Other citizens, outraged by revelations of manipulation by the National Intelligence Service of the 2012 elections when Park was elected, joined protesting workers. Police had confirmed illegal attempts to manipulate the election beforehand, but were ordered to remain silent.
With all these problems and more, South Korean youth have been inspired by the “Why We Aren’t Fine!” campaign. This was launched when a student at Korea University, Ju Hyun-woo, made a poster for his school bulletin board that was picked up and broadcast over social media. He wrote: “I just want to ask, ‘Are you okay?’ Are you fine with ignoring all these issues because they aren’t your problems?…And if you are not ‘fine’ after seeing all these problems, then voice your opinions—whatever they may be.”
Many of these young people joined in the Dec. 28 demonstrations, and also held flash mobs in cities across the country.
As a contribution to Black History Month we reprint Raya Dunayevskaya’s memorial for Charles Denby (1907-1983), her comrade of 35 years, Editor of News & Letters from its founding in 1955 until his death and the author of Indignant Heart: A Black Worker’s Journal.
Three years ago, the Egyptian Revolution was fighting for its life in Tahrir Square. For 18 days and nights, the women and men of the Square faced off against President Hosni Mubarak’s security forces and thugs. In the end Mubarak was forced to follow Tunisia’s President-for-life, Ben Ali, into retirement and shame. The light of freedom spread–Square to Square, occupation to occupation. It was a historic turning point.
It was this global struggle that the military coup that ousted Morsi, and led to the massacre of over 800 of his supporters, was meant to stop short. Now, revolution continues, and the freedom idea lives, but the old world has tried hard to destroy it. Egypt’s newest new Constitution, passed Jan. 15 under the military rule of General Abdel Fattah el-Sisi, evokes only faint echoes of Tahrir. As artist Hanaa Safwat said, “The referendum is stained in innocent people’s blood. It has been built on the dead bodies of 800 people in Rabaa al-Adawiya.”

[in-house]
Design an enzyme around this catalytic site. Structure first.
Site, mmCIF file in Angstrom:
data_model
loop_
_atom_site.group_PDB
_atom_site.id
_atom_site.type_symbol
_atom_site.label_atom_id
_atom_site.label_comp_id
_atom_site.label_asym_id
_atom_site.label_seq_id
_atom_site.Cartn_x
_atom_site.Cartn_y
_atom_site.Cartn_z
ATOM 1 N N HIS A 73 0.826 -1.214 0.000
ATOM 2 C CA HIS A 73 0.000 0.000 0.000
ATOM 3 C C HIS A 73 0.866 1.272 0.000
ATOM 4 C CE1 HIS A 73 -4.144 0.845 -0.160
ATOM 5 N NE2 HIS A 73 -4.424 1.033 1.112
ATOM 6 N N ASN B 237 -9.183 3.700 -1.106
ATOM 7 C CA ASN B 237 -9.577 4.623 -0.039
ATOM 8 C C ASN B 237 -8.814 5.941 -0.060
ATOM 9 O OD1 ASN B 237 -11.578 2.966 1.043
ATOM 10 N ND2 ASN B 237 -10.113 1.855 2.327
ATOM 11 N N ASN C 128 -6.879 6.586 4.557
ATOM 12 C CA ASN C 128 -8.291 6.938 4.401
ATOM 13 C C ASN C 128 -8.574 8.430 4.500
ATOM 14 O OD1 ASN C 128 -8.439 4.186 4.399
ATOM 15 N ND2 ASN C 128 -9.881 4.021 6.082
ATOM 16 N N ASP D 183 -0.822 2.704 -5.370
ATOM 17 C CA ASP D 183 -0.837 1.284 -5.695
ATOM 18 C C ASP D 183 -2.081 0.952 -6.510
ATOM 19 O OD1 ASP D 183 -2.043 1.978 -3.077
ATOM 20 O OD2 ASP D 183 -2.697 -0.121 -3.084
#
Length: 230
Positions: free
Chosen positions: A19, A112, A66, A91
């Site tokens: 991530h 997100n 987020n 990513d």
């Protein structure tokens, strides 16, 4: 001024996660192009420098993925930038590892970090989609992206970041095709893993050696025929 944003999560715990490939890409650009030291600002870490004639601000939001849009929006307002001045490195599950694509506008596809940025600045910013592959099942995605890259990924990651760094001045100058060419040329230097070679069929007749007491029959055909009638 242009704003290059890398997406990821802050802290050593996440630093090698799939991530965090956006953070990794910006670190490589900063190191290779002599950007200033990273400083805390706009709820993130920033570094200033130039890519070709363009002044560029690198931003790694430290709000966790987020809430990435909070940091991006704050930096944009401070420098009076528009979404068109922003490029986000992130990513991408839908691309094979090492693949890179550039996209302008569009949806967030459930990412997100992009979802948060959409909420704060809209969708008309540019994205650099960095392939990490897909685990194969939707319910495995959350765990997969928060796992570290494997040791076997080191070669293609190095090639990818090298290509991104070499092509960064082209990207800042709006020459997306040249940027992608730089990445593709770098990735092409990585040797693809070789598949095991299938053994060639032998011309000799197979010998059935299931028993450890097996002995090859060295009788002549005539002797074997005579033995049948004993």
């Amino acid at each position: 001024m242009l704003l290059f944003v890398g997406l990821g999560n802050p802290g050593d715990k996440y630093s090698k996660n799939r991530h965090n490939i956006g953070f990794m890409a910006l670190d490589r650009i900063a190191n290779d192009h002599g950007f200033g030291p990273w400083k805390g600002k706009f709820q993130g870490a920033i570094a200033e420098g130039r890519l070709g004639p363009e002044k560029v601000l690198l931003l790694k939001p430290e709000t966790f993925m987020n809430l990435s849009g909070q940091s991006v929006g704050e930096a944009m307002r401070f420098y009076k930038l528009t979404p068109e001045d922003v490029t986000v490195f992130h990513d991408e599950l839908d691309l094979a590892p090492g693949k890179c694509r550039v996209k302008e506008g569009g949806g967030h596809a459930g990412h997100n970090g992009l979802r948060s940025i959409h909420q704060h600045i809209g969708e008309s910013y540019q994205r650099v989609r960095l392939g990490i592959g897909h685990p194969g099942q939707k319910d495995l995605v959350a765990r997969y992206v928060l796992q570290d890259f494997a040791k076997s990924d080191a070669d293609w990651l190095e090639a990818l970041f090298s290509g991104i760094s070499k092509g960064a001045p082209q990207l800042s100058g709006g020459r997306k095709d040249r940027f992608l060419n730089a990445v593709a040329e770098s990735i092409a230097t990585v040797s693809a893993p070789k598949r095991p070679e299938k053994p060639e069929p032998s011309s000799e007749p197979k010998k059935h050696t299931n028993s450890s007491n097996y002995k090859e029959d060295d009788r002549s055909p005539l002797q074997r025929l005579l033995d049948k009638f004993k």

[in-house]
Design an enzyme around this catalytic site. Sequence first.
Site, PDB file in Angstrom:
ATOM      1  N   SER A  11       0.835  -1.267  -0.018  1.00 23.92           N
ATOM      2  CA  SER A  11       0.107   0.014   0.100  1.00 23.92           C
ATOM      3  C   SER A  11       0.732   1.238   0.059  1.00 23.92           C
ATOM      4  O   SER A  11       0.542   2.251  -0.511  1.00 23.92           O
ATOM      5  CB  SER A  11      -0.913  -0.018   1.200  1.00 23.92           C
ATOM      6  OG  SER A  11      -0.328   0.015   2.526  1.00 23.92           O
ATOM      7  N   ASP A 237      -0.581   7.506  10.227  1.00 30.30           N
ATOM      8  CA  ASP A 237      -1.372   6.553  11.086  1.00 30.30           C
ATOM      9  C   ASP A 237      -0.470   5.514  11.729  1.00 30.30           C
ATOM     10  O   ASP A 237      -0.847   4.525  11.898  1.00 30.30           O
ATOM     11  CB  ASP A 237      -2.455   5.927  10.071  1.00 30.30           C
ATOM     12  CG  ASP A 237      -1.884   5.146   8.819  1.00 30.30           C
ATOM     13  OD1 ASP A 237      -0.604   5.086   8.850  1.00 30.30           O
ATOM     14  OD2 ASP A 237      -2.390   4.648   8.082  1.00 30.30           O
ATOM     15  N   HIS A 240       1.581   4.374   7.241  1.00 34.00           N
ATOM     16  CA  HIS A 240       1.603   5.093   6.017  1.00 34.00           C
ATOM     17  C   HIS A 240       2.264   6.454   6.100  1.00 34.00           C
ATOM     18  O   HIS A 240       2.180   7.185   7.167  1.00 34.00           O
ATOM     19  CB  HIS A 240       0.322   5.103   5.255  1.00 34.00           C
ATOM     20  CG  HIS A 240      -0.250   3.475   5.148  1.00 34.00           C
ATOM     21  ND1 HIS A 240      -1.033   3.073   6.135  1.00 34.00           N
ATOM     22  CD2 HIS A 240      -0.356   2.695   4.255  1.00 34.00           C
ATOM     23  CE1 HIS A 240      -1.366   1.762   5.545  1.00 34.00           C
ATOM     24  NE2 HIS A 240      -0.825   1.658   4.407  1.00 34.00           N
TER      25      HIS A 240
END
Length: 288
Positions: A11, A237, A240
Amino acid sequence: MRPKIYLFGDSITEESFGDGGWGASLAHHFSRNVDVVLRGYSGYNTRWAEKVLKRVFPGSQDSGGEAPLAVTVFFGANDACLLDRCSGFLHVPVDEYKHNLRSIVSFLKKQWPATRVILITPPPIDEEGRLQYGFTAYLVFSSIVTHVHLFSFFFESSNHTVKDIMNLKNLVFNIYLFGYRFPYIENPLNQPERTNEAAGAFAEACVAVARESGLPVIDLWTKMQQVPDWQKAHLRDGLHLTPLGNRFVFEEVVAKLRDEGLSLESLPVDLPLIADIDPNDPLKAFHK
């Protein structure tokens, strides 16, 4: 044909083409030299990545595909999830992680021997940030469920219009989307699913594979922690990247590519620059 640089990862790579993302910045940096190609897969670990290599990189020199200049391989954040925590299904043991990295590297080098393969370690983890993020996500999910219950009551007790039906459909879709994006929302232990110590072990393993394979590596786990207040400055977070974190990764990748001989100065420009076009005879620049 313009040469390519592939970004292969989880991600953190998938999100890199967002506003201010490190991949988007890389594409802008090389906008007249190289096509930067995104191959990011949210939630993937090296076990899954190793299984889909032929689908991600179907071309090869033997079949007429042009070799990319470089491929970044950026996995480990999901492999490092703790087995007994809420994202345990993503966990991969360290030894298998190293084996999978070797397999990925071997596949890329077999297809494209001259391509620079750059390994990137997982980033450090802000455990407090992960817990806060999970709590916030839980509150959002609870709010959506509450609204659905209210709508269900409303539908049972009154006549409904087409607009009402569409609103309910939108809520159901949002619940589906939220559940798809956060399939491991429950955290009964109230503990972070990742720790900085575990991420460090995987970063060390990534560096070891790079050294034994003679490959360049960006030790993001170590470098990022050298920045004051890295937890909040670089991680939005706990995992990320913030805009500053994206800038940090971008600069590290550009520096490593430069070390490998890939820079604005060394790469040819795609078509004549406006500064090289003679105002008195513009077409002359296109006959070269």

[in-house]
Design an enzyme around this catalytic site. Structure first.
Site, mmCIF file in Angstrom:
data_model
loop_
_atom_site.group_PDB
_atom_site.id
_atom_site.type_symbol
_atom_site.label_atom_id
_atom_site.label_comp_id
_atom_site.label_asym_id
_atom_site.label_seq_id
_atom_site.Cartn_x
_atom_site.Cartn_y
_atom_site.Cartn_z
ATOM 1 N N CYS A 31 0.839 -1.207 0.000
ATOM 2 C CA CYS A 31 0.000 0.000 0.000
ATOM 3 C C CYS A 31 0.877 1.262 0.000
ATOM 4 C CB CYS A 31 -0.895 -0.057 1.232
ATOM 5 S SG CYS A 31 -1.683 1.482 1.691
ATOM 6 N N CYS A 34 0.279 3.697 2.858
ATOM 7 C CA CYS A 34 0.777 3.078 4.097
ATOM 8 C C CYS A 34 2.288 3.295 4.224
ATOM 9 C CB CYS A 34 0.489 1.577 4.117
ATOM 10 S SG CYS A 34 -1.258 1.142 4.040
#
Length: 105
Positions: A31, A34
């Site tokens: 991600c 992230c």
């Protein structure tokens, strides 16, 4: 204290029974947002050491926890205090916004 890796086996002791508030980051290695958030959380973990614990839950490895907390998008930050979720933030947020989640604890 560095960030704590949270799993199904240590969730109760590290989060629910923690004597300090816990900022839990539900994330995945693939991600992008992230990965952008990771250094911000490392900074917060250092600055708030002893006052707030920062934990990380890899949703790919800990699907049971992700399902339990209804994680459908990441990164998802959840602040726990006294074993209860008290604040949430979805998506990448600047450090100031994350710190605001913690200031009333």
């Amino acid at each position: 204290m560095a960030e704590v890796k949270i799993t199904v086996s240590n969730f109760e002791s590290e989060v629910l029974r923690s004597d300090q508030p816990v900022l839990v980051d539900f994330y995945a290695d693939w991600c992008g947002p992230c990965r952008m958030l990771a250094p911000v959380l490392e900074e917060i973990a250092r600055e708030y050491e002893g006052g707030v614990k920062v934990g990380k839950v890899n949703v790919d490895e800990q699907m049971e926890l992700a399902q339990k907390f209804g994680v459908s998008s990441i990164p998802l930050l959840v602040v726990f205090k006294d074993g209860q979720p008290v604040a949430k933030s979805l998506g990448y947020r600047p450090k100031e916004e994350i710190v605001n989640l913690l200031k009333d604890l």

Yesterday, a judge approved Detroit bankruptcy. Emergency manager Kevyn Orr outrageously claimed that the attack on workers’ pensions would be “thoughtful, measured and humane.” Read the News & Letters article for a view from the other side of the class struggle.
The AFL-CIO convention reflected changed realities and the need to adopt new perspectives and goals. Delegates redefined the labor movement as more than union members. For decades the bureaucracy has become more identified with the corporations than the aspirations of the workers.
Resistance by Indigenous groups in Colombia; Indigenous Guatemalans resist Canadian mining company; teachers in Mexico protest “educational reform” law
Today’s revival of interest in Marx, especially since the onset of the 2008 economic meltdown, includes a significant strain of economism and has revived controversies and issues addressed by Dunayevskaya in this review-essay of Paul Mattick’s book Marx and Keynes.